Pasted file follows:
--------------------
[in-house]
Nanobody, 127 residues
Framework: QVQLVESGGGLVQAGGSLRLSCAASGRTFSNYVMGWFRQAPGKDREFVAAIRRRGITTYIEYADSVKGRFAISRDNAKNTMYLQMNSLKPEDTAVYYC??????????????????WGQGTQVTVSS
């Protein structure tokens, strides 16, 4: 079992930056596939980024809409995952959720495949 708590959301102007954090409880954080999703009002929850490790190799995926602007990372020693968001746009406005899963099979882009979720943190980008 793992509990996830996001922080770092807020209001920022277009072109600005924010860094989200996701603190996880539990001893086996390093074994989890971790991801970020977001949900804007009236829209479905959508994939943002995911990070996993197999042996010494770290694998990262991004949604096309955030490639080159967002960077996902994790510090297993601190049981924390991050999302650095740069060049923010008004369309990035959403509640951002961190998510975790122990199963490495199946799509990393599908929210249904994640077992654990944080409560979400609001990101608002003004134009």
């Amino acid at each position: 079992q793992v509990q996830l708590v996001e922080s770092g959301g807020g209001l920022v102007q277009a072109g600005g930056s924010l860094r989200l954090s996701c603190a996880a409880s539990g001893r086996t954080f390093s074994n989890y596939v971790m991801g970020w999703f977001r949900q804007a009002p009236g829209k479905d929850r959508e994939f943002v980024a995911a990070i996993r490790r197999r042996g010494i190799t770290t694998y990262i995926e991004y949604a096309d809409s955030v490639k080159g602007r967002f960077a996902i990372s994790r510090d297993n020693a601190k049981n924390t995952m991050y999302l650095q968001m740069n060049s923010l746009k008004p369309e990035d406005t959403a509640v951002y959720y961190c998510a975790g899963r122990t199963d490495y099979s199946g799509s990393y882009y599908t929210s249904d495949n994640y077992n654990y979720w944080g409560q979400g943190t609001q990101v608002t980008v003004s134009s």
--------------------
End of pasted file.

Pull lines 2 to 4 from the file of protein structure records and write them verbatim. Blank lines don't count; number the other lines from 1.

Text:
Nanobody, 127 residues
Framework: QVQLVESGGGLVQAGGSLRLSCAASGRTFSNYVMGWFRQAPGKDREFVAAIRRRGITTYIEYADSVKGRFAISRDNAKNTMYLQMNSLKPEDTAVYYC??????????????????WGQGTQVTVSS
């Protein structure tokens, strides 16, 4: 079992930056596939980024809409995952959720495949 708590959301102007954090409880954080999703009002929850490790190799995926602007990372020693968001746009406005899963099979882009979720943190980008 793992509990996830996001922080770092807020209001920022277009072109600005924010860094989200996701603190996880539990001893086996390093074994989890971790991801970020977001949900804007009236829209479905959508994939943002995911990070996993197999042996010494770290694998990262991004949604096309955030490639080159967002960077996902994790510090297993601190049981924390991050999302650095740069060049923010008004369309990035959403509640951002961190998510975790122990199963490495199946799509990393599908929210249904994640077992654990944080409560979400609001990101608002003004134009």